A University of Texas System spokesman said that the institution was declining to comment on the censure vote. But Texas officials did respond to a draft of the AAUP report on Galveston, and in those responses university officials argued that their decisions were more protective of faculty rights than the report suggested and that the university had unique responsibilities to act quickly to preserve vital patient care. The university officials also faulted the association’s committee for accepting "each allegation raised by a faculty member, critic or newspaper reporter" without scrutiny. (The AAUP report disputes this, arguing that it subjected various claims to considerable scrutiny.)
Antioch University and Governance Principles
While the AAUP may be best known for its censure list on issues of academic freedom and faculty rights, it also maintains a much smaller list (only three institutions before Saturday) of institutions sanctioned over their governance principles.
Antioch University was faulted for the way its central board and administration dealt with Antioch College, the liberal arts institution that predated the university system and whose closure by the university set off several years of protests. The college's closure resulted in all of its faculty members losing their jobs, and while the college is in the process of being revived, independent of the university, it has yet to become fully operational. The AAUP stressed that its vote was against the university, not the college.
The AAUP released a report on Antioch last year, finding that the university's board and administration "usurped the faculty’s responsibilities" by imposing curricular changes "that the faculty neither initiated nor approved"; failed to consult with the faculty regarding the college’s financial condition prior to declaring financial exigency; violated "essential standards for continuing faculty appointments" by declaring financial exigency without having considered alternatives, "systematically reduced the flow of budgetary information" to the college's faculty, and "failed to protect the autonomy of Antioch College and, in fact, significantly undermined it by approving a shift of administrative functions from Antioch College to the university administration without ensuring means for communication or sharing of governance."
The AAUP also faults Antioch University -- now no longer controlling the college -- for not having specific systems in place to assure faculty rights and an appropriate role for faculty in the governance system of the remaining campuses in the university.
Before the AAUP vote on Saturday, Chris Hill, one of the professors who lost their jobs when the college closed, read a statement about the impact -- even with the eventual independence of the college. "We should not overlook the university administration's tragic decision to close the college that sadly did produce deep and long term collateral damage," she said.
"Out of a faculty census of 35 who taught the last year the college was open, we know of two tenured faculty who by the time the college closed in spring '08 had secured tenure-track jobs elsewhere, with two more formerly tenured faculty over the following year finding non-tenure track contract jobs that involve some administration and some teaching. Some former faculty retired after the college closed," she said. Others have worked to revive the college. Many are "teaching as adjuncts or visiting faculty in the area, grievously underpaid and with no job security."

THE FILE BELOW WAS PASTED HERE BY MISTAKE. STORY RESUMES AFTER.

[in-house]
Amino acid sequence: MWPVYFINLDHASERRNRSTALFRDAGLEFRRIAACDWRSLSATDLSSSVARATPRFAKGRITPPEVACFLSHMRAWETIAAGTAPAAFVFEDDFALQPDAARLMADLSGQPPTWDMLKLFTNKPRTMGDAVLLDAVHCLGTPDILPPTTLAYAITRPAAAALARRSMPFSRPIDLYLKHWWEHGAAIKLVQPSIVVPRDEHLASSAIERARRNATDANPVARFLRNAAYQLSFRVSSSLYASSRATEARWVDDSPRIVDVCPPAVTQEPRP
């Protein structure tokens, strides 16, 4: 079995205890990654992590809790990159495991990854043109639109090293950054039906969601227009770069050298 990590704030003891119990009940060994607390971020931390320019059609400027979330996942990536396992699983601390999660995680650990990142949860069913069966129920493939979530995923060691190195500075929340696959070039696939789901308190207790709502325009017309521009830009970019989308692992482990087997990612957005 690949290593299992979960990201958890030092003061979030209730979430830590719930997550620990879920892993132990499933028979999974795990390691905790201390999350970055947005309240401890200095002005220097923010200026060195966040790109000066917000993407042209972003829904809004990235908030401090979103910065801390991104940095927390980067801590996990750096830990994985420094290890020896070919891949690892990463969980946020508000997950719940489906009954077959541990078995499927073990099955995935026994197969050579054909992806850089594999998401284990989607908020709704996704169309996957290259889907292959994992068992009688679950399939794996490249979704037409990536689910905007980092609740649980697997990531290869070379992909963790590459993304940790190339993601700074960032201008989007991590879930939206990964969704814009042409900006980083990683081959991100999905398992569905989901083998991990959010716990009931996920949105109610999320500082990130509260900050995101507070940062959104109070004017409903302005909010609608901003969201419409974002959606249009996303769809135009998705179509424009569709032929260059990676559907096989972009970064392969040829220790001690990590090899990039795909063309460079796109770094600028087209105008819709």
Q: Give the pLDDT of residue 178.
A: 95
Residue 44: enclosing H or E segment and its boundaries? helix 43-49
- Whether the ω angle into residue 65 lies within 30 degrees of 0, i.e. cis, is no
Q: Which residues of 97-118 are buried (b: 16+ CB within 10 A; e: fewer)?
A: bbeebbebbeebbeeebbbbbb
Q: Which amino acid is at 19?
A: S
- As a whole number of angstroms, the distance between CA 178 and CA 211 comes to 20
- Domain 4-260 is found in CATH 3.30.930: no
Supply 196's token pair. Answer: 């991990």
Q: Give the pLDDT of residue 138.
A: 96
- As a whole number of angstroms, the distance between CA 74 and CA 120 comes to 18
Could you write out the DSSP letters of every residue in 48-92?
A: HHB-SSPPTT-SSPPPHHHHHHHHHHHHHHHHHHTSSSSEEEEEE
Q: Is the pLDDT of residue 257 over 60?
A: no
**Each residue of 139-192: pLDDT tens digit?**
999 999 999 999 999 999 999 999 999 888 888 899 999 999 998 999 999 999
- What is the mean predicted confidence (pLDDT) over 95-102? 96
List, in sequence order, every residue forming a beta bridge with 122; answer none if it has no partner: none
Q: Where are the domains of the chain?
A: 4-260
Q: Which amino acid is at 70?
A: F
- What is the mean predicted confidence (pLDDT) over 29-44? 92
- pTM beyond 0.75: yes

Hill concluded her talk -- to sustained applause -- this way: "By sanctioning Antioch University, you will continue to direct attention to the university’s unprofessional and uncollegial faculty governance policies, practices detrimental to the maintenance of high standards, fair working conditions for teachers and scholars, and to the academic freedom that is the precondition for all higher learning."
Toni Murdock, the chancellor of Antioch University, said in an interview after the censure vote that it struck her as unfair for the AAUP to be criticizing the university at this time, given that the supporters of the college have achieved what they wanted -- the independence for that institution.
As for criticism of the university's governance, she said that the departure of the college was but one of a series of major changes at the university, which in the last year has created independent boards to assume some authority over each of the individual campuses. During the year, she said, much effort has gone into defining the campus-university system relationship.
"We are rebuilding and restructuring the university," she said.
Murdock said that defining the faculty role was key and that a meeting is already scheduled for this month to help create a new way for faculty to play a role in university governance. "This is a work in progress," she said, but the university's administration and board are committed to a meaningful faculty role. "We are going to honor the faculty voice," she said.
Further, she said that the AAUP evaluation of Antioch was a "stacked deck" process because Nelson, the AAUP president, is an Antioch College alumnus who has been vocal in his defense of the college and criticism of the university administration. "What we're looking at is a most egregious conflict of interest." Nelson recused himself from a role in the AAUP's analysis of Antioch, but Murdock said that "he claims he has recused himself, but he's been actively involved with the college. This is just a huge conflict."
Via e-mail, Nelson reiterated that he did not play a role -- and said that AAUP staff members took the lead in deciding to investigate and drafting the report. Nelson said it would have been surprising if the AAUP staff hadn't made a decision to investigate, given "the sheer scale of the terminations."
Recent AAUP meetings have featured some concern about the state of the association's finances. On Saturday, the financial report suggested a much healthier picture. Under audited results released at the meeting, the AAUP finished 2009 with revenues outpacing expenses -- following three years in which the opposite had been the case (by at least $200,000).
AAUP leaders had worried that the ongoing deficits would make it difficult to raise money and plan new initiatives, so many at the meeting cheered the turnaround, particularly since it took place during a severe downturn in the economy.